Tuesday, November 17, 2009

Media Complicit in Hawking Health Reform Propaganda That Will 'Result in the Loss of Lives'

Yesterday the 'U.S. Preventative Services Task Force' issued new guidelines regarding the age at which women should begin having mammograms.

The task force claimed that most women in their forties don't need mammograms and should therefore start the exams beginnng at age 50.

The American Cancer Society and the Susan G. Komen for the Cure organization, however, both reject these new guidelines.

At the Brown Cancer Center, Dr. Lane Roland said if the recommendations are adopted by the public and physicians, it will result in the loss of lives... The government task force making the recommendations consisted of 16 government-funded physicians and scientists. None was an expert on breast cancer detection and prevention.

Linda Douglass, White House Health Reform communications director, decried objections to the task force guidelines. She stated, “This is a typical scare tactic designed to protect the health care status quo of rising costs, unaffordable coverage and unfair insurance company practices,” she said.

Yet, despite the rampant opposition to the new recommendations by admitted non-experts, more than 1,000 news outlets picked up the story.

If this were the only case of the media reporting pro-rationing tripe, it could be forgiven as an aberration. Put simply, this is only the latest in a long line of similar public relations efforts.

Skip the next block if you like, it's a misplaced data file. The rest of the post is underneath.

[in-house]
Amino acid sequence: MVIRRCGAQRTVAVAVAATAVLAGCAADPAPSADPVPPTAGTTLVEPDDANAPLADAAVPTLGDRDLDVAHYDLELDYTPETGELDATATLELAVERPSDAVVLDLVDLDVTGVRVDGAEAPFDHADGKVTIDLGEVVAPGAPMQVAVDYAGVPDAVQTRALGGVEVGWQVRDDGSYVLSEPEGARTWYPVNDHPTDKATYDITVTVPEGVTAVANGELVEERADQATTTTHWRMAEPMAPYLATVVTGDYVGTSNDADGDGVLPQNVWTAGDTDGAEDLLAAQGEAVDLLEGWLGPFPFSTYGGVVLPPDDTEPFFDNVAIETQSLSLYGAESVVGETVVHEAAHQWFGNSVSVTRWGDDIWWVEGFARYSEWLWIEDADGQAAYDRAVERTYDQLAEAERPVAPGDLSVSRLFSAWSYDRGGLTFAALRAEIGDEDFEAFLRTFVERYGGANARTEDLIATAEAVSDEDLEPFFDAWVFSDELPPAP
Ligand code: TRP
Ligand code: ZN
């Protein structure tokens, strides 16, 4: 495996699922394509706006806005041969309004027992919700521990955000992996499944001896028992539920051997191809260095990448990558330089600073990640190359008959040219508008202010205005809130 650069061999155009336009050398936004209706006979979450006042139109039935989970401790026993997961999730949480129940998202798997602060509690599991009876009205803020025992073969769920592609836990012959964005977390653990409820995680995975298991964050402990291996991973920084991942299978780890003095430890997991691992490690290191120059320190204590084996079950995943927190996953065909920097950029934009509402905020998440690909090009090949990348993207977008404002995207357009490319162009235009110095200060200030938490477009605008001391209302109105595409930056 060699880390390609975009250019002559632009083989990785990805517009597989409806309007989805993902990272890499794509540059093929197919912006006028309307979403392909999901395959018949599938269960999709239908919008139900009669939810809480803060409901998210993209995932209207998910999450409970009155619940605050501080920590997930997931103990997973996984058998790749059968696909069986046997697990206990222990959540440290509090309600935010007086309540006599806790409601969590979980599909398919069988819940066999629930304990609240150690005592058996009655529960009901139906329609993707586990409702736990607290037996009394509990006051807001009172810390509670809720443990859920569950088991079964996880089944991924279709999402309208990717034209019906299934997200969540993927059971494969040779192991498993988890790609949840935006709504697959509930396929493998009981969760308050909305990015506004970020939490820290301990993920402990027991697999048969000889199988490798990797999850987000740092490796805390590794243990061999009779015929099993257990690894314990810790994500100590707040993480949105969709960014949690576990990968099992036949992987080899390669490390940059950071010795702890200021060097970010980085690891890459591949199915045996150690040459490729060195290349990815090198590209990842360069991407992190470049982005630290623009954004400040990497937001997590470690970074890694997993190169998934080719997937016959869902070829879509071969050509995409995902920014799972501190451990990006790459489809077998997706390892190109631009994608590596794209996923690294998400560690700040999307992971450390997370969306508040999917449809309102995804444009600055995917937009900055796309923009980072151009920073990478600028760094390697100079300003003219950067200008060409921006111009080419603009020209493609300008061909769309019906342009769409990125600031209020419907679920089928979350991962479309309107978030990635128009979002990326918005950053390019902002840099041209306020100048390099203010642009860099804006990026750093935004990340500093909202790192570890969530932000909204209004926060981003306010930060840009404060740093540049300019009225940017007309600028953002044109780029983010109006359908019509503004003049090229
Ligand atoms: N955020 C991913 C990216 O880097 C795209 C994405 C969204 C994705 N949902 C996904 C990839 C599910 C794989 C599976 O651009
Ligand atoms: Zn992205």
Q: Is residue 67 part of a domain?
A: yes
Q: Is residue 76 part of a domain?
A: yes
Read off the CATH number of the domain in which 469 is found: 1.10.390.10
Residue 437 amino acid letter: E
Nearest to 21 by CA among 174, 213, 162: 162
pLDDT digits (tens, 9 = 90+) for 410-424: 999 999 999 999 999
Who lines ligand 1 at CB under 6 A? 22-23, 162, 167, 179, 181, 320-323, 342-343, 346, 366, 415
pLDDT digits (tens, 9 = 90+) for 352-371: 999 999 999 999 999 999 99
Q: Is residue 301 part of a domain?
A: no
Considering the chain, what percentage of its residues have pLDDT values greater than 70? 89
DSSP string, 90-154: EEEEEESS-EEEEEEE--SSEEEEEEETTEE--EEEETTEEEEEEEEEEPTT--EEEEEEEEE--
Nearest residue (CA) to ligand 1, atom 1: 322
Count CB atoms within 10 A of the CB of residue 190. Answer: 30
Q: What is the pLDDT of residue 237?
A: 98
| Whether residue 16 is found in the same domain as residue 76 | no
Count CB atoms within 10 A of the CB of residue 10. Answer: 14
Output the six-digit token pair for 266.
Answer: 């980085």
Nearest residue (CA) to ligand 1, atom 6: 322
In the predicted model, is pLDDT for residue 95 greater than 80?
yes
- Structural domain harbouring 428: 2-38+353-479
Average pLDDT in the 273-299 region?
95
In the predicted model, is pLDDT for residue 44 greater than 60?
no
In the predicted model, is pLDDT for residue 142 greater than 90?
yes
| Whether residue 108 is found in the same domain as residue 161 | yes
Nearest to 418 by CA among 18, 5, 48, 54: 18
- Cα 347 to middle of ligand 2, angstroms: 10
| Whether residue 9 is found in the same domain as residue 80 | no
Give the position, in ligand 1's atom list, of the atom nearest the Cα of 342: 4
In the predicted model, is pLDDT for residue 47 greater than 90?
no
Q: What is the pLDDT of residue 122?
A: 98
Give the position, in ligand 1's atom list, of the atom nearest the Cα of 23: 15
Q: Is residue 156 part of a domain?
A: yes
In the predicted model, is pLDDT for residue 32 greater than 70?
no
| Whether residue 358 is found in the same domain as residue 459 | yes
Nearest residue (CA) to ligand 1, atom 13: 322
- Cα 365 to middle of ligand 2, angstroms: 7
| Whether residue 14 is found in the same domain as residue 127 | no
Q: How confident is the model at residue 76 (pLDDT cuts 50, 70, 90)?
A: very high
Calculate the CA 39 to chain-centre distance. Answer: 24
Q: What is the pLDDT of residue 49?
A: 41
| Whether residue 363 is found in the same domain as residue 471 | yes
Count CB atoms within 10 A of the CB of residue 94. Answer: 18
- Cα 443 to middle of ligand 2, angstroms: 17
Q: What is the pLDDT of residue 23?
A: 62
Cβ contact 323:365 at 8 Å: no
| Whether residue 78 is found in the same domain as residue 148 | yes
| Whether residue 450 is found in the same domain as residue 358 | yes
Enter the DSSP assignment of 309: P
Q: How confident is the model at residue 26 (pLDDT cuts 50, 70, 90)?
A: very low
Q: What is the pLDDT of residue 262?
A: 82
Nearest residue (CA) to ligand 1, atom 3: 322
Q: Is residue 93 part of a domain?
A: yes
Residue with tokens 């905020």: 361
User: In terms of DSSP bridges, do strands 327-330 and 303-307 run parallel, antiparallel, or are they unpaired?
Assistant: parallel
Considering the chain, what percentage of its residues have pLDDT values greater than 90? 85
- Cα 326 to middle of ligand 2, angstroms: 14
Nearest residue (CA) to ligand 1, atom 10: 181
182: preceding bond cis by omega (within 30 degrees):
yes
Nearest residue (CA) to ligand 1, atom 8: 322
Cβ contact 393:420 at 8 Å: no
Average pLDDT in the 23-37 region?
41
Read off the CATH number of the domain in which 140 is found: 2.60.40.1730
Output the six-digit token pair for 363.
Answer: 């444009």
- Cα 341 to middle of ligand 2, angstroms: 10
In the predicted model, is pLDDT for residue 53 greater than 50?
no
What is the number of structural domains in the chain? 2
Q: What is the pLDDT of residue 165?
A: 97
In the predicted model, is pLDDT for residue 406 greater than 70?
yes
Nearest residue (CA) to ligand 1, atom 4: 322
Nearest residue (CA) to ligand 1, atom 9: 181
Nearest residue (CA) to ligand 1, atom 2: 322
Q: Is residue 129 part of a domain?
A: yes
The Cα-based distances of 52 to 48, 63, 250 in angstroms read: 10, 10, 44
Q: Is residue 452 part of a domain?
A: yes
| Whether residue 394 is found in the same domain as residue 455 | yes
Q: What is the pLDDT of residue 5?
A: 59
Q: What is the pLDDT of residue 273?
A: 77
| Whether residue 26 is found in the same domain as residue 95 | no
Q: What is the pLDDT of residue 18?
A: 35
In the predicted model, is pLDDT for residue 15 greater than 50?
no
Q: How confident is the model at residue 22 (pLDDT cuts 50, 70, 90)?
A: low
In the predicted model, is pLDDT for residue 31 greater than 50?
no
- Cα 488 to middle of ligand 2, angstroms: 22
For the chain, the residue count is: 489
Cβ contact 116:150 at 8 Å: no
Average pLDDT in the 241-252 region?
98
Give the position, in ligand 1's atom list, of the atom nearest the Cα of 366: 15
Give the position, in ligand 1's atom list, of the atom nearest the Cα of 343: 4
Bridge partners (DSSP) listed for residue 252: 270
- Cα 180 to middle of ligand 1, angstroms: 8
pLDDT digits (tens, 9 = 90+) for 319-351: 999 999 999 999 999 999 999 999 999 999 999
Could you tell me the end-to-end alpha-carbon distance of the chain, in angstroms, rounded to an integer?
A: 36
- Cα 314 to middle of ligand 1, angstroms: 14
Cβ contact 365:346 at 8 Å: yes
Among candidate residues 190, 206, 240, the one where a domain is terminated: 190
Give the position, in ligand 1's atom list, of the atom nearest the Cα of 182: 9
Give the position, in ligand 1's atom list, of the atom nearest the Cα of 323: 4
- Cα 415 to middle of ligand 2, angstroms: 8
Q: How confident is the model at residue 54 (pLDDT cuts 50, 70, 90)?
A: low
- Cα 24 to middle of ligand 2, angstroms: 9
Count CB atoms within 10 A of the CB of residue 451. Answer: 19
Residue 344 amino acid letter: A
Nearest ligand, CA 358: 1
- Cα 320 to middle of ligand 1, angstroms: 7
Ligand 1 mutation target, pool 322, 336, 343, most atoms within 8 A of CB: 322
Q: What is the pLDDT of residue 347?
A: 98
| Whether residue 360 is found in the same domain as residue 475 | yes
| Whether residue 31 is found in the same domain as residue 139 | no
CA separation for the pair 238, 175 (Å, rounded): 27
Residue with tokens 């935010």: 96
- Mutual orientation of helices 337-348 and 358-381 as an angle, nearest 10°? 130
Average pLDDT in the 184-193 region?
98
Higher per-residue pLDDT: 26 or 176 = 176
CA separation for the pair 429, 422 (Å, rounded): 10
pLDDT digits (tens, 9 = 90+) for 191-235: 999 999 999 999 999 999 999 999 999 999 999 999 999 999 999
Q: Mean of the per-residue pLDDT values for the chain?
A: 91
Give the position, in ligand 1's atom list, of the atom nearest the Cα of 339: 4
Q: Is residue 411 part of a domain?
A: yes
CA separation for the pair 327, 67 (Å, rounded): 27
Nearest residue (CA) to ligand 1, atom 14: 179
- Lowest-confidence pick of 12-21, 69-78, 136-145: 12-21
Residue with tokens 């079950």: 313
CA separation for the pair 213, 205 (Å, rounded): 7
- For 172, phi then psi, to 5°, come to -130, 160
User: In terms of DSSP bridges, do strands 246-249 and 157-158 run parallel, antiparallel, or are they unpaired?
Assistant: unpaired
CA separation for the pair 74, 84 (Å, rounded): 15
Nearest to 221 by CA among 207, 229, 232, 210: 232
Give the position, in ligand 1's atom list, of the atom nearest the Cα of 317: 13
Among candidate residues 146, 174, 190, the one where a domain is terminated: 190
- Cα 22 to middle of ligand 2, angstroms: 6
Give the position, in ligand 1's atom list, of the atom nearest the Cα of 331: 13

Drugs as good as stents for many heart patients: last year, MSNBC and other news outlets reported that angioplasties were likely overrated, claiming "there's more evidence drugs should be tried first and often are just as effective."

The study was funded by the U.S. Department of Veterans Affairs and other groups.

Study: Pill as good as chemo for some patients, in December of last year, a new study claimed that a "cancer treatment that comes in a pill is as effective as the standard chemotherapy for some lung patients."

Generic hearts drugs are equivalent to brand-name counterparts: late last year, the Department of Health and Human Services announced that generic cardiac drugs were as effective as brand-name heart medications. The study closely followed the release of another study that demonstrated similar practices could be ineffective and unsafe.

Surgical masks are nearly as effective as high-end respirators: last month, a study claimed that surgical masks were nearly as effective as (high-end) N95 respirators in preventing the spread of flu among health care workers.

All coincidences? I think not.

Consider this the media's covering fire for ObamaCare's inevitable rationing protocols.

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